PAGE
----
[Omitted here is discussion on the importance of Nixon’s trip to the People’s Republic of China and the forthcoming U.S.-Soviet summit.]

Nixon: What we have got from a public standpoint, and Thieu has got to understand it, we’ve got to let it appear that we’ve got to keep a reserve force there because of POWs.

Kissinger: That’s right.

Nixon: That’s the only justification of it. Say, “These volunteers are staying there because of their buddies in the North.” People will support that. You noticed even that—even McGovern 3 had to come to that the other day. Even Humphrey has had to come to that. But if they say, “We are keeping a reserve force there for the purpose of surviv—of assuring the survival of the Thieu government,” that is a very risky thing. That is the real reason. You and I know that—

Kissinger: But I don’t exclude, Mr. President, that in June or July, we could just offer this total withdrawal for the POWs and get it hammered out—

Nixon: We could do that. And I didn’t put that in there, because I don’t want to—I do not want to do anything that will push the government down the tube. If we could do that, knowing that that’s a straight POW [deal] for that, I would do it. But you’ve always said, and I agreed—

Kissinger: Yeah, but that was a year ago. We’ve got—

Nixon: You have always said, though, however, and I agree, that once we offer that they’ll say, “Yes, we will do that provided you stop [Page 146] the bombing.” And that we can’t do. But on the other hand, if in June, Henry, that would solve—I don’t care, it could be 50,000. You could leave 50,000 there if you could say in June, “We’re now down to this force. We will retain this force until—and as soon as we get the POWs we will remove the force.” Period.

Kissinger: I think—

Nixon: We could say that.

Kissinger: I think—

Nixon: That would be enough. I wouldn’t need a thing more.

Kissinger: Well, let me take it—

Nixon: Volunteers in order—in order to get the POWs. Now, let me say, though, I’d only get—the other side of that, that I mentioned at length [unclear] which I—I’ve thought this out very carefully—it depends what we say. You remember we only have to live with that for three months. For three months we let that be the position, and Thieu’s governing. Then in November, win or lose, we’ll bomb the hell out of the bastards. Now, that’s exactly the way I feel about it. There’s not going to be anymore screwing around.

Kissinger: Well, you see, we’ve gone since then another year. I, frankly, would like an offensive to take place now, Mr. President for—

Nixon: That’s what [Sir Robert]Thompson wants, I know—

Kissinger: Because if we had the offensive now and we didn’t lose, we would be—we would know they couldn’t do one in October. My nightmare is that they are husbanding all this stuff, and even though October isn’t a good year—a good month, that they’ll take it on in October.

Nixon: Yes.

Kissinger: Although, it’s a hell of a gamble for them to take, because if they don’t tip you over in October, then they’ve had it.

Nixon: And if it works.

Kissinger: You see, they’re just—

Nixon: You understand, they’d take it either way, because if they think that as a result of losing the election, if we should lose the election because of their offensive, that I am just going to roll over and play dead, they’re crazy. I’m still President until January. And I’ll do what I—to hell with the goddamned [unclear]—

Kissinger: You also—

Nixon: [unclear] right in the butt.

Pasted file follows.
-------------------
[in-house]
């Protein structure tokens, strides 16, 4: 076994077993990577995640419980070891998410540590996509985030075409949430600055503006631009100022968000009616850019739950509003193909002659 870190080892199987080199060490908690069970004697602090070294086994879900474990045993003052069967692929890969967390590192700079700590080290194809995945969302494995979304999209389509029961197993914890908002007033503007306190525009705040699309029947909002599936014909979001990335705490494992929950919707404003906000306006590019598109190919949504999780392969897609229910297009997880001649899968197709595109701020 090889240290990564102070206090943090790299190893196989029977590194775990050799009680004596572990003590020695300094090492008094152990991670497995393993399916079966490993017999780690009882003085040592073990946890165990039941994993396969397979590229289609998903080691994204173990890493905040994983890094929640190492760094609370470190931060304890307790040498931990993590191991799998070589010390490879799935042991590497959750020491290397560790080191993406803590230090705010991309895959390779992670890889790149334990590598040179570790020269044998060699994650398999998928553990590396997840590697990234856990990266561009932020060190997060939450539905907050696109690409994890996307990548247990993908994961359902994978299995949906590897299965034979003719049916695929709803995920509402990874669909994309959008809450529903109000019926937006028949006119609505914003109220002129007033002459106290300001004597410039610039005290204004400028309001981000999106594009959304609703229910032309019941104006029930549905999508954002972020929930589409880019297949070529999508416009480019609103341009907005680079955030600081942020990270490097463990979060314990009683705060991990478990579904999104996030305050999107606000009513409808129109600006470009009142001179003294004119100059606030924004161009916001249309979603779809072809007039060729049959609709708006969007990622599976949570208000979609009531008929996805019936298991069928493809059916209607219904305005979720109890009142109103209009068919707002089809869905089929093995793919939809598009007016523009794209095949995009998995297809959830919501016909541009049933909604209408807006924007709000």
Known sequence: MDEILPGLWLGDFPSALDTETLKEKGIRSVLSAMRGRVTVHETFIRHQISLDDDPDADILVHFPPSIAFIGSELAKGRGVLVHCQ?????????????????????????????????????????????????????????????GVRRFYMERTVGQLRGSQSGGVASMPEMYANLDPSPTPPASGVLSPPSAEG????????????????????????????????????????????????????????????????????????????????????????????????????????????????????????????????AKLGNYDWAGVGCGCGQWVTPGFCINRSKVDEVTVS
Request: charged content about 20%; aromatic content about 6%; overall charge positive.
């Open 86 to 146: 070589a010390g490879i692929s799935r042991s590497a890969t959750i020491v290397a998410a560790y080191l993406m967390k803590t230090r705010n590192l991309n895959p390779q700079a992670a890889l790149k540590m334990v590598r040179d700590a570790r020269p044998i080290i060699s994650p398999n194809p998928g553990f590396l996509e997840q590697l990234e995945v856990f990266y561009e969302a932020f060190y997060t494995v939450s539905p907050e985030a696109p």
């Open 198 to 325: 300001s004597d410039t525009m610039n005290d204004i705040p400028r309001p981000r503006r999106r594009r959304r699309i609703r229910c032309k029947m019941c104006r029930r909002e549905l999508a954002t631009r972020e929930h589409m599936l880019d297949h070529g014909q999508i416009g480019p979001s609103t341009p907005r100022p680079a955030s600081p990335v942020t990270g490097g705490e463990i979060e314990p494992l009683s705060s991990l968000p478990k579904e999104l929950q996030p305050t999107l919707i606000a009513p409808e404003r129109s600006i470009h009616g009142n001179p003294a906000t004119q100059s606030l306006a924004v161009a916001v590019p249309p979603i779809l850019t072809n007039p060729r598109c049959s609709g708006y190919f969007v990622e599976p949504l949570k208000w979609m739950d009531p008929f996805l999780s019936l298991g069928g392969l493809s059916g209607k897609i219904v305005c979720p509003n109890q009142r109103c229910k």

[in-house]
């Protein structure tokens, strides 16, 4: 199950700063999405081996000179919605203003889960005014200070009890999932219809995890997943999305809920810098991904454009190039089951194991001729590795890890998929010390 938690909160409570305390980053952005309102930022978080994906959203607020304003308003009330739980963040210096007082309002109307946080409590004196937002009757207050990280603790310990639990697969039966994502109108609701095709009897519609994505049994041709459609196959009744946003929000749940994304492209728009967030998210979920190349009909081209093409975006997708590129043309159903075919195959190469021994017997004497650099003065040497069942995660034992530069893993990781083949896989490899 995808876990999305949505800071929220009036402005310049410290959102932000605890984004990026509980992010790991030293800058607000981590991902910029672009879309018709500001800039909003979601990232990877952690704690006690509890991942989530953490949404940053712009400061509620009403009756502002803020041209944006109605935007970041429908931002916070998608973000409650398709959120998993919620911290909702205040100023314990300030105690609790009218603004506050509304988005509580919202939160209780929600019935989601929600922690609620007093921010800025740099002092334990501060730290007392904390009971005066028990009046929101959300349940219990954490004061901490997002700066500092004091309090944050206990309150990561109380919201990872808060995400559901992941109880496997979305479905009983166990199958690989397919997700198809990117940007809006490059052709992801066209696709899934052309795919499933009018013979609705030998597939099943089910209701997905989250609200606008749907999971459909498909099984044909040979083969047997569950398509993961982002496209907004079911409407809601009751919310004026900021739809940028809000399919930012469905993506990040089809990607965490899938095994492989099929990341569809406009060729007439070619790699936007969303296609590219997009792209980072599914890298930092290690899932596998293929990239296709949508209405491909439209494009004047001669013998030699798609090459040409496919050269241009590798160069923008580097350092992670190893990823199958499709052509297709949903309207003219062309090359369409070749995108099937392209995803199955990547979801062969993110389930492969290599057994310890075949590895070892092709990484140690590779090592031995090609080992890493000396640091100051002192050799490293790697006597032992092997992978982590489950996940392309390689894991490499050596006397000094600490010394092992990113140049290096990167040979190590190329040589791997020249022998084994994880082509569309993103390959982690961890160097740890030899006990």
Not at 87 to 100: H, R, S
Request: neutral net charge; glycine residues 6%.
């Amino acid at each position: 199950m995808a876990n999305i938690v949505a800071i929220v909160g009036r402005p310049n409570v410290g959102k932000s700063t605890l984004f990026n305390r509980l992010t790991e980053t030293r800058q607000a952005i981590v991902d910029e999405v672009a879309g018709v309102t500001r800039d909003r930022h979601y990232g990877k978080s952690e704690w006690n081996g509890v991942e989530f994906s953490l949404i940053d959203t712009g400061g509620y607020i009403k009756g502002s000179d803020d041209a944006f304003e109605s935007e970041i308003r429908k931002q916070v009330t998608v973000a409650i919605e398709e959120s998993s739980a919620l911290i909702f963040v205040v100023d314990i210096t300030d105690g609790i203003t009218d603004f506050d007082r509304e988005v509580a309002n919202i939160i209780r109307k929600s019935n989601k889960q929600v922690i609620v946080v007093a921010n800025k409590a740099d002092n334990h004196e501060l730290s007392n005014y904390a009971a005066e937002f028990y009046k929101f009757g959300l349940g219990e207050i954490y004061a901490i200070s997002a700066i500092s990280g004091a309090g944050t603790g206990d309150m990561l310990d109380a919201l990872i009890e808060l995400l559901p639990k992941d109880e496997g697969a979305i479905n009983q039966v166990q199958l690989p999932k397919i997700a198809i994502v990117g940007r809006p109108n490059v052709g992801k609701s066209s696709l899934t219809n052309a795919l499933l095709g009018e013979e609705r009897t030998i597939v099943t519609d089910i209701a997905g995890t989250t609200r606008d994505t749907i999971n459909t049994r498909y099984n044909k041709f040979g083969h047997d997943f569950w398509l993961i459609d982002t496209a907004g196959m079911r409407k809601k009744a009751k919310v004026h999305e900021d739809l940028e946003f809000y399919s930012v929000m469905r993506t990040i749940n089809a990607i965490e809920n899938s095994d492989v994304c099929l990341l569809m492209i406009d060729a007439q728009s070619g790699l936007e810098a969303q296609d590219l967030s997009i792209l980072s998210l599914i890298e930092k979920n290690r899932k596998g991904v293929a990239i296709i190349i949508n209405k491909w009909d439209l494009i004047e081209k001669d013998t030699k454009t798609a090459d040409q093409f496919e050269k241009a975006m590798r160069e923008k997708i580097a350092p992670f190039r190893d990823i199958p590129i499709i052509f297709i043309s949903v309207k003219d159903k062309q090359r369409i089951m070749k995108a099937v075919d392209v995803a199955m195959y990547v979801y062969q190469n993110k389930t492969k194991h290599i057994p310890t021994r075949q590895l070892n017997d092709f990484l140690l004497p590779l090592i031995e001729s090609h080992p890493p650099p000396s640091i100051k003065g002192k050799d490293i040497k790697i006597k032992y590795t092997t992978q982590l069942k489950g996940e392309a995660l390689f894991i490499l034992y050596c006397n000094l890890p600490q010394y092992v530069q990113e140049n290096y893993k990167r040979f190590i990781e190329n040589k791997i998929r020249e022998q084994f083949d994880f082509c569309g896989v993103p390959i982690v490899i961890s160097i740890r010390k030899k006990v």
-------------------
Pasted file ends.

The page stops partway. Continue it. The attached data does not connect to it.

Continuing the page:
Kissinger: The price they’ll pay if you don’t, if they wait this late, is that they’ll pay if your image as a leader will be, in foreign policy, will be so cemented that they may be putting themselves away in an isolated position.

[Page 147]

Nixon: Yeah, maybe. Do you think that they’re even rational, though, Henry?

Kissinger: Yeah—

Nixon: That’s our problem. You have always thought they were. I never did—

Kissinger: I think they’re rational [unclear]—

Nixon: I think they’re no different from the Koreans. I thought the Koreans were crazy, but I think these people [unclear]—

[unclear exchange]

Kissinger: No, but, Mr. President, in fact they’ve been right so far; they haven’t lost by being so tough.

Nixon: No.

Kissinger: It’s a miracle that we have held on, given our domestic opposition—

Nixon: Yes.

Kissinger: I mean, if you had said on—

Nixon: And we’re down to—what are the casualties this week?

Kissinger: Two.

Nixon: Hmm. Again, two.

Kissinger: We have lost—

Nixon: Do you think one day—isn’t there one week when there’s going to be none?

Kissinger: Oh, yeah.

Nixon: Goddamnit, there could be one—one week, can’t they? Well—

Kissinger: Mr. President, we have had fewer casualties all this year than in any week last year—than any week in the first six months of last year, and less than one percent of the casualties we had when we came in.

Nixon: I know.

Kissinger: 60–70 percent of all the casualties in your administration were incurred in the first year, 48 percent in the first six months. In other words, I think we should go on the offensive. We should say these people—every quarter, every area in the world, when we came in was in turmoil. We quieted them all down. If you had said that you could pull 520,000 troops out of Vietnam, which is what you have done—

Nixon: I know.

Kissinger: —and not lead to collapse, I think it would have been considered unbelievable.

[Omitted here is discussion unrelated to Vietnam.]

  1. Source: National Archives, Nixon Presidential Materials, White House Tapes, Oval Office, Conversation 685–2. No classification marking. The editors transcribed the portions of the tape recording printed here specifically for this volume. The transcript is part of a larger conversation, 9:03–9:51 a.m.
  2. Kissinger was referring to the next announcement of U.S. troop withdrawals from South Vietnam. See foonote 2, Document 38.
  3. Senator George S. McGovern (D–SD) was running against Humphrey for the Democratic nomination for President.